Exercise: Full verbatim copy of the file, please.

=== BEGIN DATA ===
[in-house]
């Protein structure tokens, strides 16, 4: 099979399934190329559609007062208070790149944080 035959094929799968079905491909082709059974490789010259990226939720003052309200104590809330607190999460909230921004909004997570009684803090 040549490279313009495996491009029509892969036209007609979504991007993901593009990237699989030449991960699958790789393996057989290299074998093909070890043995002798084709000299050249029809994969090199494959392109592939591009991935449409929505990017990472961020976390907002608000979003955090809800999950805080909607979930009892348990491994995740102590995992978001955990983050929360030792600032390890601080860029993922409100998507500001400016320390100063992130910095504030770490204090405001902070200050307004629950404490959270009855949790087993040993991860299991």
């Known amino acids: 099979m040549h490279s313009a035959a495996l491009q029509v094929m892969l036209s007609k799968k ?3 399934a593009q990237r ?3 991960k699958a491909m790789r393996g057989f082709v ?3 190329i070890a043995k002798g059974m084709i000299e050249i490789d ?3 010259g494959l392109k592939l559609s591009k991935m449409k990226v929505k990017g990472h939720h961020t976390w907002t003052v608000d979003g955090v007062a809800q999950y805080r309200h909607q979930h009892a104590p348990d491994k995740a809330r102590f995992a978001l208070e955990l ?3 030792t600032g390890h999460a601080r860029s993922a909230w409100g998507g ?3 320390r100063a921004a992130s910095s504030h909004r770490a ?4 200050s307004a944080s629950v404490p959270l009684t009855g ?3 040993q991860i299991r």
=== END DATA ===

[in-house]
């Protein structure tokens, strides 16, 4: 099979399934190329559609007062208070790149944080 035959094929799968079905491909082709059974490789010259990226939720003052309200104590809330607190999460909230921004909004997570009684803090 040549490279313009495996491009029509892969036209007609979504991007993901593009990237699989030449991960699958790789393996057989290299074998093909070890043995002798084709000299050249029809994969090199494959392109592939591009991935449409929505990017990472961020976390907002608000979003955090809800999950805080909607979930009892348990491994995740102590995992978001955990983050929360030792600032390890601080860029993922409100998507500001400016320390100063992130910095504030770490204090405001902070200050307004629950404490959270009855949790087993040993991860299991």
């Known amino acids: 099979m040549h490279s313009a035959a495996l491009q029509v094929m892969l036209s007609k799968k ?3 399934a593009q990237r ?3 991960k699958a491909m790789r393996g057989f082709v ?3 190329i070890a043995k002798g059974m084709i000299e050249i490789d ?3 010259g494959l392109k592939l559609s591009k991935m449409k990226v929505k990017g990472h939720h961020t976390w907002t003052v608000d979003g955090v007062a809800q999950y805080r309200h909607q979930h009892a104590p348990d491994k995740a809330r102590f995992a978001l208070e955990l ?3 030792t600032g390890h999460a601080r860029s993922a909230w409100g998507g ?3 320390r100063a921004a992130s910095s504030h909004r770490a ?4 200050s307004a944080s629950v404490p959270l009684t009855g ?3 040993q991860i299991r």